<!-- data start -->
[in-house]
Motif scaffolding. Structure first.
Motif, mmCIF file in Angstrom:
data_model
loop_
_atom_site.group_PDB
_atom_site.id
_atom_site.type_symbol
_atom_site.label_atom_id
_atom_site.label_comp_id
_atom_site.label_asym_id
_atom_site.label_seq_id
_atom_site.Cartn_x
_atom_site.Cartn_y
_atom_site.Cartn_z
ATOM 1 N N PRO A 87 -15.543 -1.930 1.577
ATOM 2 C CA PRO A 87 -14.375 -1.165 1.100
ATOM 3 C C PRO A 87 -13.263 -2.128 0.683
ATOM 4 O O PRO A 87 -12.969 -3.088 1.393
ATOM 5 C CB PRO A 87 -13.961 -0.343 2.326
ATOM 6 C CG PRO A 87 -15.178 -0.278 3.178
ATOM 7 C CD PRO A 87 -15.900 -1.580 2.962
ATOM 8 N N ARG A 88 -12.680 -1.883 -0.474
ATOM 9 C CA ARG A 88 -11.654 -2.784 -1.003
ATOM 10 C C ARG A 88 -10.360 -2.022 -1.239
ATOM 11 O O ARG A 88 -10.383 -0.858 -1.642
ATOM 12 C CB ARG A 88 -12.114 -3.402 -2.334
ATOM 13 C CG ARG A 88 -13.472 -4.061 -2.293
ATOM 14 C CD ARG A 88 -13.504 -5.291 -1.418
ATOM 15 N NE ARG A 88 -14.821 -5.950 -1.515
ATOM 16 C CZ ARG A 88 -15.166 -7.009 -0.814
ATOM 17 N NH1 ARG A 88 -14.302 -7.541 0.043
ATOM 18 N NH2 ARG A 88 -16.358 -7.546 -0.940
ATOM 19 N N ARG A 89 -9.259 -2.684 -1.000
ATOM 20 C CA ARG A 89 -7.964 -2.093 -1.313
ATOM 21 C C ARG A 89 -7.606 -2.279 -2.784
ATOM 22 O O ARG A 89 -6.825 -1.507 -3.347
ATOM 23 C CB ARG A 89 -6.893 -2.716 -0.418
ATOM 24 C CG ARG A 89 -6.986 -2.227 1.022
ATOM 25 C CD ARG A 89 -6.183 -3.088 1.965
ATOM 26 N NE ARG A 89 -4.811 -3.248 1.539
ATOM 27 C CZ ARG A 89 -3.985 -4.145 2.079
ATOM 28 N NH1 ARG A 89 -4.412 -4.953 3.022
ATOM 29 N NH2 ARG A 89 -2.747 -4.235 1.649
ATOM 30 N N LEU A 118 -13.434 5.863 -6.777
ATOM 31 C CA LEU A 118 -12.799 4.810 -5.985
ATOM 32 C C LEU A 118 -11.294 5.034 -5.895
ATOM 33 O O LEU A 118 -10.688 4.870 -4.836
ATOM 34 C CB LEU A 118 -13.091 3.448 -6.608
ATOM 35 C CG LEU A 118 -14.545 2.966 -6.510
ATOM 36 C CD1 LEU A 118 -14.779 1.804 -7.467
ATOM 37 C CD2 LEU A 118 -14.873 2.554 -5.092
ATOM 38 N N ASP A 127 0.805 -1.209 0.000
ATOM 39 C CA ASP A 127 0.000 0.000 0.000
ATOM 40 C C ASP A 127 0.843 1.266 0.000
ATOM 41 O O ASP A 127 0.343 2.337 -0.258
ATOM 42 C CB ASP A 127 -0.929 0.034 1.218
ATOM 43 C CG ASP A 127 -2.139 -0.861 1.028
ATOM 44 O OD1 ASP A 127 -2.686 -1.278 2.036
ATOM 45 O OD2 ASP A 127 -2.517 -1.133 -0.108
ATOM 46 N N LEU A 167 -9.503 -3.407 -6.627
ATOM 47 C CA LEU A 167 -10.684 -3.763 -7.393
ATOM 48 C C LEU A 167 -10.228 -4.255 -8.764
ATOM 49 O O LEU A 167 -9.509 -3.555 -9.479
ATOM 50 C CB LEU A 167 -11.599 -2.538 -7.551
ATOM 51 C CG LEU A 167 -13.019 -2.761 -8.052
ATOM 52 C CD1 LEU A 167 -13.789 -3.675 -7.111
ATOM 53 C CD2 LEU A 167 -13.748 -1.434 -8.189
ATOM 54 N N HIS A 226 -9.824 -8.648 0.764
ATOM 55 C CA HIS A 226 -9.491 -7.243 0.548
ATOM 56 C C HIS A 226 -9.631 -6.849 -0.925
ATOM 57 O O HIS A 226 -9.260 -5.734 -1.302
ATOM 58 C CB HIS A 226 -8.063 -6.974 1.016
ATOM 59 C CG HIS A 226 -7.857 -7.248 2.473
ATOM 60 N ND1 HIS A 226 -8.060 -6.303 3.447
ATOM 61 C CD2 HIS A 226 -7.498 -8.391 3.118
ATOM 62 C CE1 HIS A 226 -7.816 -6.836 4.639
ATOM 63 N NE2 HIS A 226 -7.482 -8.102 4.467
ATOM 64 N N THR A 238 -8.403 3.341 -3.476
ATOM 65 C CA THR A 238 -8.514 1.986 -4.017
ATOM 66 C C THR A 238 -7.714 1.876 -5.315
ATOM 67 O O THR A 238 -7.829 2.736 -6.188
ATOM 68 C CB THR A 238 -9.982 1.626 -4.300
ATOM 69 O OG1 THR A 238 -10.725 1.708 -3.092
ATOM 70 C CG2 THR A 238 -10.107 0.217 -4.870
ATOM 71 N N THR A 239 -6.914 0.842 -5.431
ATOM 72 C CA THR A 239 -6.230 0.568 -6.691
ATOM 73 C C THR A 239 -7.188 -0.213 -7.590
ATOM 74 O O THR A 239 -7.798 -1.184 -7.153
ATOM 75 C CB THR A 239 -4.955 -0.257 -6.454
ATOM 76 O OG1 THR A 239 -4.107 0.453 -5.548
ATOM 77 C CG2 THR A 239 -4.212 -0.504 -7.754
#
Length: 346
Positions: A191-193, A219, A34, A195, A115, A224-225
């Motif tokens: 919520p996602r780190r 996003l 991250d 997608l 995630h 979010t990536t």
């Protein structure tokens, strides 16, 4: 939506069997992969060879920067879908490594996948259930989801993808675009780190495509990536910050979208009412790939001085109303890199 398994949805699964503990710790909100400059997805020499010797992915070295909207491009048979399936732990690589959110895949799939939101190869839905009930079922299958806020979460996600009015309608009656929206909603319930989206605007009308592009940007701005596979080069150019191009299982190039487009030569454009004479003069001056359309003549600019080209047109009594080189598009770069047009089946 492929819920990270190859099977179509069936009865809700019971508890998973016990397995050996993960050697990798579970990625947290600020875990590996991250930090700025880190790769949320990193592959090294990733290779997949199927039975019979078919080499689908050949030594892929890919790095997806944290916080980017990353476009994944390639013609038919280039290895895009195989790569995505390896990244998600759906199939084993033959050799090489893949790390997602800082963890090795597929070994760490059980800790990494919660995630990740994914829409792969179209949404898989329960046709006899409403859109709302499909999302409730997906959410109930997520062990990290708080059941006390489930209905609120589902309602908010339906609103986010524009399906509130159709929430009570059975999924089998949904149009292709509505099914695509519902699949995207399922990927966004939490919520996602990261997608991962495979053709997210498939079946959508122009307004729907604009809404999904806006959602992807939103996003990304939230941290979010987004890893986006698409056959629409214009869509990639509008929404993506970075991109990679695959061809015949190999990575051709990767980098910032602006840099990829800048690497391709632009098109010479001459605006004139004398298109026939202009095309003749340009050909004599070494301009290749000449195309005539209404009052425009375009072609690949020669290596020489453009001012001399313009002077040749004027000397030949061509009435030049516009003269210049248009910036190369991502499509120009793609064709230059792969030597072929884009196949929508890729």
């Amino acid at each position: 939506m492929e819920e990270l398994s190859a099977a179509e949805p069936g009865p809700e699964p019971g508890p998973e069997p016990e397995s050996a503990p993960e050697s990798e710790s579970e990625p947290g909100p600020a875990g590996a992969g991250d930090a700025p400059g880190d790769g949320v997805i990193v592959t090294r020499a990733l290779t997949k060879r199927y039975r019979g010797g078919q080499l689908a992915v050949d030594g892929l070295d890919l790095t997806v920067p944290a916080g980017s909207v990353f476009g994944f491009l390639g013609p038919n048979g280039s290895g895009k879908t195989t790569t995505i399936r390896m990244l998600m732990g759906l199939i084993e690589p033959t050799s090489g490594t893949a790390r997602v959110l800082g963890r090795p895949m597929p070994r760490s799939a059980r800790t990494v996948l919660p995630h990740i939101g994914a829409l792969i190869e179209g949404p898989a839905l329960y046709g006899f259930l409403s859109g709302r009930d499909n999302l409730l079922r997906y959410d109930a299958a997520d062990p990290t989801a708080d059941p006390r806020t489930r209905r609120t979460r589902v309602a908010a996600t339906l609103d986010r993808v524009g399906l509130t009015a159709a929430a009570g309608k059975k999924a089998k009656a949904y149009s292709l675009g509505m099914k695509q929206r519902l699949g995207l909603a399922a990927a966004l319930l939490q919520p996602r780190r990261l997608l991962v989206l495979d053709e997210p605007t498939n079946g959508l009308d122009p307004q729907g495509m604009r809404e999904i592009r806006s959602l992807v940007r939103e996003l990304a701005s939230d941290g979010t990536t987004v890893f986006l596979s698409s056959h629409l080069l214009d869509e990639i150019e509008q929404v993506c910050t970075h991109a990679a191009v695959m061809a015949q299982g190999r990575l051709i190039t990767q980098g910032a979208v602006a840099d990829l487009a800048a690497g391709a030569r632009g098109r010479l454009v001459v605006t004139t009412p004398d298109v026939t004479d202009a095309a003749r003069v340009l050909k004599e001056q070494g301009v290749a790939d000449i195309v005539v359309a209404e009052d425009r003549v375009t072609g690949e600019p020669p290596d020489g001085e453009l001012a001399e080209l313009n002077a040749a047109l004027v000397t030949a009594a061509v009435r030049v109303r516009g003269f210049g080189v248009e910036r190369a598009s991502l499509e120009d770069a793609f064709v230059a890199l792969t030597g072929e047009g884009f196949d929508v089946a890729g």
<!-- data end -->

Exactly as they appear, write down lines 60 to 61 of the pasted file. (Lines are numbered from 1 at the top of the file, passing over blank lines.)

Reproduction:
ATOM 45 O OD2 ASP A 127 -2.517 -1.133 -0.108
ATOM 46 N N LEU A 167 -9.503 -3.407 -6.627